NCERT Solutions for Class 11 Geography Chapter 20 - Movements of Ocean Water

Question 1:

Upward and downward movement of ocean water is known as the:

  1. Tide
  2. Current
  3. Wave
  4. None of the above

(a). Tide

Question 2:

Spring tides are caused:

  1. As result of the moon and the sun pulling the earth gravitationally in the same direction.
  2. As result of the moon and the sun pulling the earth gravitationally in the opposite direction.
  3. Indention in the coast line.
  4. None of the above.

(a). As result of the moon and the sun pulling the earth gravitationally in the same direction.

Question 3:

The distance between the earth and the moon is minimum when the moon is in:

  1. Gold
  2. Perigee
  3. Perihelion
  4. Apogee

(d). Apogee

Question 4:

Which one of the following is the hardest mineral?

  1. Topaz
  2. Diamond
  3. Quartz
  4. Feldspar

(a). Feldspar

Question 5:

The earth reaches its perihelion in:

  1. October
  2. September
  3. July
  4. January

(d). January

Question 6:

What do you mean by rocks? Name the three major classes of rocks.


Any natural, solid inorganic or organic material out of which the crust is formed is called a rock. It may be hard as granite or soft as clay. Clay, chalk, coal, gravel, etc. are examples of rocks. Lithosphere is made up of rocks. On the basis of their mode of formation, rocks are divided into three types :
(a) Igneous rocks
(b) Sedimentary rocks
(c) Mentamorphic rocks.

Question 7:

What are waves?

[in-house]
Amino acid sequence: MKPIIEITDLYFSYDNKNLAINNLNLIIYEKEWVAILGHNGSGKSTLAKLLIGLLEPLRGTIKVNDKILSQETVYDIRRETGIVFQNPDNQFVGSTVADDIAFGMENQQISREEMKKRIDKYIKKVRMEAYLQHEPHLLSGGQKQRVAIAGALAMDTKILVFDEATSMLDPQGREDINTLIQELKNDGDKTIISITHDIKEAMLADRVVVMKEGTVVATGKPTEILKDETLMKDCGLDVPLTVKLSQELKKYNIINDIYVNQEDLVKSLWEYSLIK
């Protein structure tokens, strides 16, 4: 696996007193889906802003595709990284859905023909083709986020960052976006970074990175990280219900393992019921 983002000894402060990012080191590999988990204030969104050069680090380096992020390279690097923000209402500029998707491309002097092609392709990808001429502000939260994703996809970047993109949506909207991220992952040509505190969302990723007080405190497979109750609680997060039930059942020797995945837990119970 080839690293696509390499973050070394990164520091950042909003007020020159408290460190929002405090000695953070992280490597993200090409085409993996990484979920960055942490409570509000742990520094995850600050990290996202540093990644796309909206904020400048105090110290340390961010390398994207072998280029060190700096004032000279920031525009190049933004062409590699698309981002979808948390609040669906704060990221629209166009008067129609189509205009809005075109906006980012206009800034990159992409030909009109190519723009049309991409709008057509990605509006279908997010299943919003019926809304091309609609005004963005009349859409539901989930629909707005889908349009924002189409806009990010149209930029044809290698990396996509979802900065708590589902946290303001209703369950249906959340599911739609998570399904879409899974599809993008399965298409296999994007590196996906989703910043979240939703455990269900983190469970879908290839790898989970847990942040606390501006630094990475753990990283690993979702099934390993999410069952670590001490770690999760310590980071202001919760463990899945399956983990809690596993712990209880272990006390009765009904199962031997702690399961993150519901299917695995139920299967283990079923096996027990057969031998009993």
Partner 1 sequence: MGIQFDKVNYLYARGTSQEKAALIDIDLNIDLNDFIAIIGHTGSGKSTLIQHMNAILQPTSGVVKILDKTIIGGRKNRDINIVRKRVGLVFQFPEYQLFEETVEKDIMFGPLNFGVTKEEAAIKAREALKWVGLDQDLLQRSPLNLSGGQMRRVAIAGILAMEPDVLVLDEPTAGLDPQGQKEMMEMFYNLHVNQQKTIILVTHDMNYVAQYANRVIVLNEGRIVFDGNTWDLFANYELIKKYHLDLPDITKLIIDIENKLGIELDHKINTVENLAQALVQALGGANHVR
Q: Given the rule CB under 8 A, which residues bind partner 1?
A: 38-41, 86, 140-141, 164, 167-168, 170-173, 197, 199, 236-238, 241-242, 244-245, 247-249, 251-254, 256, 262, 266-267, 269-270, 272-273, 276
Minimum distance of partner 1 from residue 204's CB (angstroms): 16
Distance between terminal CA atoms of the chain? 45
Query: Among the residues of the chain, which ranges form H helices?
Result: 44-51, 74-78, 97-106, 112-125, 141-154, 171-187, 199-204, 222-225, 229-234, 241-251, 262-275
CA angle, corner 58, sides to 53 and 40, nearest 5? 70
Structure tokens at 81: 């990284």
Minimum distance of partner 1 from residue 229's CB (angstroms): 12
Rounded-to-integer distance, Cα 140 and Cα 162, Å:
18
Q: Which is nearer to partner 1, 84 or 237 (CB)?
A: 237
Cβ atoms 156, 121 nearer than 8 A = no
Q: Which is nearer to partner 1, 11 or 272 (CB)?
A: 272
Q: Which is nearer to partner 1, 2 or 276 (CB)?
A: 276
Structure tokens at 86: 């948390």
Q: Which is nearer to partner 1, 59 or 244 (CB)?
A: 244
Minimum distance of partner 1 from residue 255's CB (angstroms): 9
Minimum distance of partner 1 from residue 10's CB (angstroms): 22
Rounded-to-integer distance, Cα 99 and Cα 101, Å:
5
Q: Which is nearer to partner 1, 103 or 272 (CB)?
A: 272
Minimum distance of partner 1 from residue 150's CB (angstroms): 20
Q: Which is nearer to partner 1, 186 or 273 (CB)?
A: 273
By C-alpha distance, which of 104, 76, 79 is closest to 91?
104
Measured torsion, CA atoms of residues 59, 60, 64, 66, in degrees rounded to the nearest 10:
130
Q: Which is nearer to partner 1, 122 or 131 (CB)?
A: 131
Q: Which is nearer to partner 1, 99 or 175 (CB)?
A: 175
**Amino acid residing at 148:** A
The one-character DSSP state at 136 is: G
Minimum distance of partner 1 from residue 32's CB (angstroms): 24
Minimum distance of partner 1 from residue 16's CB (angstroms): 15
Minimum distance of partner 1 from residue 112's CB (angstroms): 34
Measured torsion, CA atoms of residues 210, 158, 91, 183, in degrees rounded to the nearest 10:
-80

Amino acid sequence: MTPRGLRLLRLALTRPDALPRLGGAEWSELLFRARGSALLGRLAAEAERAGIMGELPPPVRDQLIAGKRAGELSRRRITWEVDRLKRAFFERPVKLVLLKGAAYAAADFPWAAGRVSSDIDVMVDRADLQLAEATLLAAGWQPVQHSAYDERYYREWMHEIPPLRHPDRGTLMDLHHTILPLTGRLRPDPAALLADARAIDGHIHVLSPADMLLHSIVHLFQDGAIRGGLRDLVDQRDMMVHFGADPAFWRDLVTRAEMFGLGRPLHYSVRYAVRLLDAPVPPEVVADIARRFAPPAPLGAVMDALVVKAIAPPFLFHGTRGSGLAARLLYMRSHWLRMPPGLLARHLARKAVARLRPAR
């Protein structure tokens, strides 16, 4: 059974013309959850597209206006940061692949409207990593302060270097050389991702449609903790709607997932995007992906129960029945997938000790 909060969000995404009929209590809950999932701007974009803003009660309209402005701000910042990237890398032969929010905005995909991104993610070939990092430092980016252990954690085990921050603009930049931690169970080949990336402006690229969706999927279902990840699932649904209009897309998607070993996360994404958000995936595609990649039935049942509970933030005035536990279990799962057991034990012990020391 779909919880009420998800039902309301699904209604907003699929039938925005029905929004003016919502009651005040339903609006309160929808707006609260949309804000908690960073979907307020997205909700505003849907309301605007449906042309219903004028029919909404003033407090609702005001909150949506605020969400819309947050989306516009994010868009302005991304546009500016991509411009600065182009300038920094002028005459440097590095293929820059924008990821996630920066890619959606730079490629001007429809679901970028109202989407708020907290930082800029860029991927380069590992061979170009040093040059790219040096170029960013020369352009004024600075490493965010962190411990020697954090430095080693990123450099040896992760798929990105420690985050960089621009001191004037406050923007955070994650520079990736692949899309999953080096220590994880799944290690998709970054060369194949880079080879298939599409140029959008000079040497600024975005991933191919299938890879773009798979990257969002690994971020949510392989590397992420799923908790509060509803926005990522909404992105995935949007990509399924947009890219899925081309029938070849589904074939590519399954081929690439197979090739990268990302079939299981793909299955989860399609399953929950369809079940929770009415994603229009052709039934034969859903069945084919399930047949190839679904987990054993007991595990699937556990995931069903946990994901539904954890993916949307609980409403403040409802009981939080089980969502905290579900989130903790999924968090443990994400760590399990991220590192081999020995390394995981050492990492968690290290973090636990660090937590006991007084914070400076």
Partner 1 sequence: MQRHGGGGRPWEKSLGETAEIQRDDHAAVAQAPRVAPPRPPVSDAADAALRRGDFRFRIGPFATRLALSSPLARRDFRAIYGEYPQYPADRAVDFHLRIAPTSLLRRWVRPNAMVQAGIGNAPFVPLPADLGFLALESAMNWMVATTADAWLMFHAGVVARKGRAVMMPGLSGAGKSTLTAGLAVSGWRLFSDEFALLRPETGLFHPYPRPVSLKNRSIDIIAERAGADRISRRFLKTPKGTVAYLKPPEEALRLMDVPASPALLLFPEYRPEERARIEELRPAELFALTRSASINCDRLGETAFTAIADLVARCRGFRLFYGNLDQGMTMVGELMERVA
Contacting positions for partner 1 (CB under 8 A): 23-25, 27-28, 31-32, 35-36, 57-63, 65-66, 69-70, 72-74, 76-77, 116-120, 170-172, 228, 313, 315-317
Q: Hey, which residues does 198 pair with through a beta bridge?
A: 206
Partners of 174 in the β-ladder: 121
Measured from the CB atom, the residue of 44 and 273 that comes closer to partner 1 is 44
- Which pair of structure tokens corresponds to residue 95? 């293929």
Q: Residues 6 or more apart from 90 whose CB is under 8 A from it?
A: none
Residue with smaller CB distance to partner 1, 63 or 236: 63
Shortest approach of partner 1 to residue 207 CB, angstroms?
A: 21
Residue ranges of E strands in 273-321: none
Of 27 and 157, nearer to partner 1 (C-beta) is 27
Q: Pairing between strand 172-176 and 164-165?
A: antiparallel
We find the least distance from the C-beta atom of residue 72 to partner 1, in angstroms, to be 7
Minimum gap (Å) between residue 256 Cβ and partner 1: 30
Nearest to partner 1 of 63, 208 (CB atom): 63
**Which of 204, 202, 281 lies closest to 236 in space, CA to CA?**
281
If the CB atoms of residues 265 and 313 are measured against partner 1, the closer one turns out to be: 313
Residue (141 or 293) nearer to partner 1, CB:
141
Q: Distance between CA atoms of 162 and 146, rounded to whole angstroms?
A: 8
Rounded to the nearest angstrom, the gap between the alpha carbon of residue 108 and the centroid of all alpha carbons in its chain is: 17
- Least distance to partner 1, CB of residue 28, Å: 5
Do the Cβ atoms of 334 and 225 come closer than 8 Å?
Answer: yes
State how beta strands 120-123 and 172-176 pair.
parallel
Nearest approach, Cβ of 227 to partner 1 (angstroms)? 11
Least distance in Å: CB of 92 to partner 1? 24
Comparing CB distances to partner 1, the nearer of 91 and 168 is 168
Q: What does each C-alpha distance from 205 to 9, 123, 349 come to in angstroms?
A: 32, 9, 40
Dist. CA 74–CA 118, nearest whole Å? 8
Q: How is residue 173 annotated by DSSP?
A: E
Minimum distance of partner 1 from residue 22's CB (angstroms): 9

Waves are the to and fro movements with a swaying motion. These take place due to the movement of winds on the surface of the ocean water. Waves are actually the energy which moves across the ocean surface.

Question 8:

Where do waves in the ocean get their energy from?


Wind provides energy to the waves. This causes waves to travel in the ocean and the energy is released on the shoreline. Waves continue to grow larger as they move and absorb energy from the wind.

Question 9:

What are tides?


The periodical rise and fall of the sea level, once or twice a day, mainly due to the attraction of the sun and the moon, is called a tide.

Question 10:

How are tides caused?


Tides are caused due to the following :
(a) The moon’s gravitational pull
(b) The sun’s gravitational pull
(c) Centrifugal force, which is the force that acts to counter balance the gravity.
Together, the gravitational pull and the centrifugal force are responsible for creating the two major tidal bulges on the earth.

Question 11:

How are tides related to navigation?


Tidal flows are of great importance in navigation. Tidal heights are very important, especially harbours near rivers and within estuaries having shallow ‘bars’ at the entrance, which prevent ships and boats from entering into the harbour.

Question 12:

How do currents affect the temperature? How does it affect the temperature of coastal areas in N.W. Europe?


Effects of Ocean Currents. Ocean currents exert a powerful influence on the environment of the areas where they flow.
(a) Effects on Climate. Ocean currents have indirect influence on the climate of coastal areas. These affect the temperature, rainfall and the general weather of the adjoining areas.
(i) Temperature. The warm currents raise and the cold currents lower the temperature of the neighbouring lands. The winds blowing over the cold currents carry low temperature and have a cooling effect. Wind blowing over warm currents have a warming effect and raise the winter temperature of regions situated in higher latitudes. The Labrador coast remains icebound due to the cold Labrador current but the coast of North-West Europe, though in the same latitude remains open due to warm Gulf stream current but the coast of North-West Europe, though in the same latitude. North-West Europe has an ideal climate due to the moderating effect of North- Atlantic drift.